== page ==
circular, hence useless

Nope. E.g., if some new political movement comes out for Jew-killing, totalitarian control, military expansionism, moral traditionalism, and fostering the Master Race, I'll be very happy saying that yup, they're basically Nazis even if they don't use that term.

(That's not meant to be a necessary-and-sufficient condition; just an example.)

"supports the parts of the definition gjm doesn't approve of"

This seems to be your default assumption, to which you fall back as soon as you think you've ruled out any single alternative. It's still wrong, just as it was before.

For instance: the NSDAP programme includes the abolition of unearned income -- interest, rent, etc. I think that's a terrible idea, but finding that an organization advocates the same idea wouldn't much dispose me to call it "Nazi".

(Perhaps it should -- it's a rather unusual idea as well as probably a bad one. So maybe I could be persuaded. But the fact that I'd need persuading indicates that I am not using the word the way you say I am.)

I don't see the difference [...] "we" are presumably going to have them [...] do it from our perspective.

That word "presumably" would be one key difference. Another would be that teaching from a particular perspective is (possibly bad but) not the same thing as brainwashing.

Comment author: Torchlight_Crimson 18 March 2016 01:09:48AM 2 points [-]

but Nazism and Soviet communism were very different things.

In what way?

Nope. E.g., if some new political movement comes out for Jew-killing, totalitarian control, military expansionism, moral traditionalism, and fostering the Master Race, I'll be very happy saying that yup, they're basically Nazis even if they don't use that term.

Ok, if a movement endorses their entire platform, it's safe to call them Nazis. Except that isn't the case for Golden Dawn, which was the movement under discussion.

Another would be that teaching from a particular perspective is (possibly bad but) not the same thing as brainwashing.

And the difference is?

Comment author: Jiro 16 March 2016 10:07:43PM -1 points [-]

Your definition of "Nazi" currently amounts to "supports the parts of the Nazi platform only Nazis support". Now obviously stated this way, it is clearly a circular, hense useless, definition.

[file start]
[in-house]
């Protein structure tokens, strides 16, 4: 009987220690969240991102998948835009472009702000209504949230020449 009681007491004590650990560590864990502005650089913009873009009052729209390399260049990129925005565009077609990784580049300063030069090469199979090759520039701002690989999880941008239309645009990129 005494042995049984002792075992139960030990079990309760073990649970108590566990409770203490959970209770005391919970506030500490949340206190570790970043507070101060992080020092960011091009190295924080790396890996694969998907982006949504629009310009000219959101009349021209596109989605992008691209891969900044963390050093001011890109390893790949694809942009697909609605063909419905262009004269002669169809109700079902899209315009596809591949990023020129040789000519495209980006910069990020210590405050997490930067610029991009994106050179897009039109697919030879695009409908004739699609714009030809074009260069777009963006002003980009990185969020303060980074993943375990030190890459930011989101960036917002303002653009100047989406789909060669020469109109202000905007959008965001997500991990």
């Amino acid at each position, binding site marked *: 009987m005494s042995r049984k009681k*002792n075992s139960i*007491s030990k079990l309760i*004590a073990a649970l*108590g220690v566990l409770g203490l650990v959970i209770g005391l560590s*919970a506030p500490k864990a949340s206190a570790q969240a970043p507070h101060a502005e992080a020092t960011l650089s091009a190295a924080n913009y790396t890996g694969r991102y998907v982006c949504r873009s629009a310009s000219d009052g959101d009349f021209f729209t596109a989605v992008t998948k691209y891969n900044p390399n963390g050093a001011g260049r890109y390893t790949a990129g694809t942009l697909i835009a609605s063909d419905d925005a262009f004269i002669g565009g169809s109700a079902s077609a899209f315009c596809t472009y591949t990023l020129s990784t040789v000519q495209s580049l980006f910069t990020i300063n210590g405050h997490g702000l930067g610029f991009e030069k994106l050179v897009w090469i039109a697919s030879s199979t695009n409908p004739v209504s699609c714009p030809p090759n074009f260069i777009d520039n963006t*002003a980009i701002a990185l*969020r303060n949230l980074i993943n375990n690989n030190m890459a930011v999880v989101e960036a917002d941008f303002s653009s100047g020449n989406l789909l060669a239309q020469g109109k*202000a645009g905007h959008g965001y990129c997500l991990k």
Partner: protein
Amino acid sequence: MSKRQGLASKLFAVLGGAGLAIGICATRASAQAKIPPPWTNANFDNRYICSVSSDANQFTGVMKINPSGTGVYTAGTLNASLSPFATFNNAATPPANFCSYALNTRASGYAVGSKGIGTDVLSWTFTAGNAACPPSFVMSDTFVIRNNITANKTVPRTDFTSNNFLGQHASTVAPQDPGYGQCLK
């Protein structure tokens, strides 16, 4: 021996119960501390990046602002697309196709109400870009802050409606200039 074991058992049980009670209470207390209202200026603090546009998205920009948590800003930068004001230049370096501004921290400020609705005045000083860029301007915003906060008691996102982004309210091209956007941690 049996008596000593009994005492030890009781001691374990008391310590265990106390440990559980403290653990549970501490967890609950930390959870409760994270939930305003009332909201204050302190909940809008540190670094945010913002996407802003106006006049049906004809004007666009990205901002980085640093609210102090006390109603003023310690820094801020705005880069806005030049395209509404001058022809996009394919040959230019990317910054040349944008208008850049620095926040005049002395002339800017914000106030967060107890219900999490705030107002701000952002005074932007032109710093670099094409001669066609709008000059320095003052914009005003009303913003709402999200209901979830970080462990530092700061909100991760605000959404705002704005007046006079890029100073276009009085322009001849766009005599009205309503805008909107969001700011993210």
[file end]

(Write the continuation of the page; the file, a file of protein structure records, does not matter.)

That doesn't follow. You can do the comparison of obvious Nazis and obvious non-Nazis to see what the Nazis support, then use the information from that to assess whether the non-obvious cases are nazis.

Comment author: Torchlight_Crimson 17 March 2016 12:02:40AM 2 points [-]

Except then you'd have to use some other criterion to determine the "obvious" cases.

Comment author: Glen 16 March 2016 02:30:25PM 3 points [-]

The closest thing to rationality content I can pull from this is "just because a thing looks good, doesn't mean it is good". However, the source page lists a grand total of one corrupt non-profit. You can find one bad version of anything, no matter how good or bad the whole group is. You could probably even find a hundred such examples, just from population size and base rate alone. Vox doesn't attempt to check if he is right, he doesn't even list a few examples. He just lists a single instance of a probably corrupt non-profit and, pleased with his own cynicism and insight, declares he they has found a pattern. This is a good example of what not to do, and an important failure mode to watch out for, but you are presenting it as though it were rational rather than a cautionary tale.

Comment author: Torchlight_Crimson 16 March 2016 09:02:18PM 3 points [-]

Think of it as an exercise in looking at the incentives people in various situations have. You may want to start by examening the sentence:

At least the corporations have to deliver to their customers on some level, or they go out of business.

Comment author: gjm 16 March 2016 10:35:34AM -1 points [-]

you mean "the parts that gjm doesn't approve of"

You keep doing this. You keep being wrong. You should stop it.

Speak for yourself. I very much don't approve of [...]

I fear you misunderstand me (and someone else seems to have misunderstood the same way, so presumably I should have been clearer). I meant not "everyone agrees with this" but "many people with a wide variety of political positions agree with this". And I didn't intend to imply that everyone in their programme other than "kill the Jews" is in that category.